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In Iraq, 2 Key U.S. Allies Face Off

Iraqi soldiers take position after coming under fire following Saturday's arrest of Awakening leader Adil Mashadani in the Fadhil area of Baghdad. Fighting continued yesterday as troops swept into the district to arrest Sunni fighters.
Iraqi soldiers take position after coming under fire following Saturday's arrest of Awakening leader Adil Mashadani in the Fadhil area of Baghdad. Fighting continued yesterday as troops swept into the district to arrest Sunni fighters. (By Hadi Mizban -- Associated Press)

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[Awakening Council leader arrested Saturday]
By Sudarsan Raghavan and Anthony Shadid
Washington Post Foreign Service
Monday, March 30, 2009

BAGHDAD, March 29 -- A new and potentially worrisome fight for power and control has broken out in Baghdad as the United States prepares to pull combat troops out of Iraq next year.

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The struggle, which played out in fierce weekend clashes, pits two vital American allies against each other. On Sunday, Iraqi soldiers backed by U.S. combat helicopters and American troops swept into a central Baghdad neighborhood, arresting U.S.-backed Sunni fighters in an effort to clamp down on a two-day uprising that challenged the Iraqi government's authority and its efforts to pacify the capital.

But the fallout from the operation is already rippling far beyond the city's boundaries. Both the Iraqi security forces and the Sunni fighters, known as the Awakening, are cornerstones in the American strategy to bring stability. The Awakening, in particular, is widely viewed as a key reason violence has dramatically dropped across Iraq.

Many leaders of the Awakening, mostly former Sunni insurgents who joined hands with U.S. forces to fight the insurgent group al-Qaeda in Iraq, have long had a contentious relationship with Iraq's Shiite-led government. But the weekend battles have sparked fresh frustration and mistrust of both the U.S. military and Iraq's mostly Shiite security forces, according to interviews with Awakening leaders across the country.

"The situation is now very fragile, and no Awakening member would remain silent over this injustice," said Saad Abbas al-Luhaibi, leader of an Awakening group in Anbar province. The tensions raise concerns that uprisings could erupt in other Awakening-controlled areas -- or that many Awakening fighters could return to the insurgency, allowing al-Qaeda in Iraq to fill the vacuum in Sunni areas.

The clashes also opened a window onto the new military relationship emerging between the United States and Iraq, as well as the struggles Iraq's government will probably face as it takes more control over security.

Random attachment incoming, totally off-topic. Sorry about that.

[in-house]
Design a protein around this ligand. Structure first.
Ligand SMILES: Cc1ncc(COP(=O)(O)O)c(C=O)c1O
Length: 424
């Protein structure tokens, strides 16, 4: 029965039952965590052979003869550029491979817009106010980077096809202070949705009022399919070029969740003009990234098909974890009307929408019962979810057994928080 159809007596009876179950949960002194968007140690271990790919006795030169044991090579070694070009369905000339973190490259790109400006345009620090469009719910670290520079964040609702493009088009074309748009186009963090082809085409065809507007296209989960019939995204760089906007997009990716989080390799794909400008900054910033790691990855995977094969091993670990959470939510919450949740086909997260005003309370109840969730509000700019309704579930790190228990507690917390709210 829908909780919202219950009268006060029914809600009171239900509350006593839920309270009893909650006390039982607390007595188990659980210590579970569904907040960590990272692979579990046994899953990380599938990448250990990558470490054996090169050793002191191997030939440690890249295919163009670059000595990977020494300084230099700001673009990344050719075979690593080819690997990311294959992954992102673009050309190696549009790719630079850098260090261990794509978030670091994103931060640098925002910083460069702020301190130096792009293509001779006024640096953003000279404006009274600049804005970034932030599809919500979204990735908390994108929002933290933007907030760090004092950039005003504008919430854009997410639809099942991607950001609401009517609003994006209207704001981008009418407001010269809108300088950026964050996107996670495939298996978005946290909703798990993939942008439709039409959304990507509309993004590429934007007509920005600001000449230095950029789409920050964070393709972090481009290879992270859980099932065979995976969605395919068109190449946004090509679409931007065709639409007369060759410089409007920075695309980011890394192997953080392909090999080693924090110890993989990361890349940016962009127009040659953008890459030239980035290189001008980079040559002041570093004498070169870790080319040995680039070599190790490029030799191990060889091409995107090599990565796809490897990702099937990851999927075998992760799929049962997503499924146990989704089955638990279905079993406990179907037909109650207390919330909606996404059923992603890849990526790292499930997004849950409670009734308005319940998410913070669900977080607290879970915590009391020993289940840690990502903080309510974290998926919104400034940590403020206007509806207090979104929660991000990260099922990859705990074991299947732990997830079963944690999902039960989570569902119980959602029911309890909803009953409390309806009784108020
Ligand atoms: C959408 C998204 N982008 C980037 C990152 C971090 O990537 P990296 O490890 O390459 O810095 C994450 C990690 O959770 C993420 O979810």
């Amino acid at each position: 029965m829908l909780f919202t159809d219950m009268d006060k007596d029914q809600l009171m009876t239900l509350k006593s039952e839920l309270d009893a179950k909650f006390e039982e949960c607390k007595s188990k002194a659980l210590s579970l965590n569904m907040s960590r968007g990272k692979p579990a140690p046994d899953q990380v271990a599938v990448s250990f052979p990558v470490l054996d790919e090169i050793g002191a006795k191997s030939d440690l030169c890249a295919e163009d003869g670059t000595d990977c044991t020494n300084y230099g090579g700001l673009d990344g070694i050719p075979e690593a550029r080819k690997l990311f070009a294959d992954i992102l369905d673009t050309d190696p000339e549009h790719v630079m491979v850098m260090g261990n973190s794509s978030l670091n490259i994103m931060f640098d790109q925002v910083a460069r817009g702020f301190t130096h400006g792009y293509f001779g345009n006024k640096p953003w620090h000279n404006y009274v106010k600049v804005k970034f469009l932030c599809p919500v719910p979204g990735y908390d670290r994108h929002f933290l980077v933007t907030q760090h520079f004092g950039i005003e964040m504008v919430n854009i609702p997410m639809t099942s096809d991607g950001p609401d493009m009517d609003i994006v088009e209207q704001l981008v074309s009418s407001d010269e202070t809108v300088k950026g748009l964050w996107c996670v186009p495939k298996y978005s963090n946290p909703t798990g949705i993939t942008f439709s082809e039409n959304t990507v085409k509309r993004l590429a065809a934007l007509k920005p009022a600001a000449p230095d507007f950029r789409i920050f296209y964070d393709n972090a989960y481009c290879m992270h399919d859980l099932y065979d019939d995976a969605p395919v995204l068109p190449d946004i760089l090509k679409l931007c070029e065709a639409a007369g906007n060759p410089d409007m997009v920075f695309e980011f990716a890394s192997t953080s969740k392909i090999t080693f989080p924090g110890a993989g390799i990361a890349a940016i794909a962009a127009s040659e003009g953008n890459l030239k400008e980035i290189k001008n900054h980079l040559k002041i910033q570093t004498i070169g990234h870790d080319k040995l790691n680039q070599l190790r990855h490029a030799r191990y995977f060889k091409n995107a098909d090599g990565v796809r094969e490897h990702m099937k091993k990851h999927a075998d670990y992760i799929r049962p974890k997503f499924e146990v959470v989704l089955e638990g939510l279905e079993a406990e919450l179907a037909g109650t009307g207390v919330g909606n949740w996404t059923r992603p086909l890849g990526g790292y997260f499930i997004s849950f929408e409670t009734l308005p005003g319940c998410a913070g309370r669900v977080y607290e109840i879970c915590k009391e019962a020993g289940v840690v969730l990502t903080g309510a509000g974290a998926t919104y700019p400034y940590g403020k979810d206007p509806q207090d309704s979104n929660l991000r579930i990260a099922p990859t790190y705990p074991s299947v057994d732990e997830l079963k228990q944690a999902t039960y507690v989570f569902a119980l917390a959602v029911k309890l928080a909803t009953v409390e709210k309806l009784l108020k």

The violence erupted Saturday minutes after Iraqi and U.S. troops arrested Adil Mashadani, the Awakening leader in Baghdad's Fadhil neighborhood, on charges of committing sectarian crimes and terrorist acts.

The U.S. military said in a statement Sunday that Mashadani was suspected of extorting more than $160,000 from Fadhil residents, orchestrating roadside bomb attacks against Iraqi security forces and having ties to al-Qaeda in Iraq. Concerned about the impact on other Awakening groups, the military stressed that Mashadani was not arrested because of his role in the Awakening. Mashadani's deputies have denied the allegations.

In response to the arrest, Awakening fighters took to the streets and rooftops, engaging in fierce gun battles with U.S. and Iraqi troops. At least eight Iraqi soldiers were injured; an additional five were taken hostage but were released Sunday morning, Iraqi security officials said.

By Sunday, Iraqi security forces and American troops had surrounded the neighborhood. Snipers peered from the roofs of buildings as Apache and Blackhawk combat helicopters circled in the overcast sky. Some dropped leaflets urging residents to hand over weapons; the handbills also stressed that there was a legal warrant for Mashadani's arrest and that no residents were being targeted.

Some Iraqi soldiers viewed the operation as a test of their preparedness to take over security after U.S. troops leave, as well as the government's ability to exert authority.

"This shows that we don't need the Americans and that Awakening are not stronger than the government," Sgt. Wisam Jamil said as he stood on a street swarming with U.S. and Iraqi armored vehicles.


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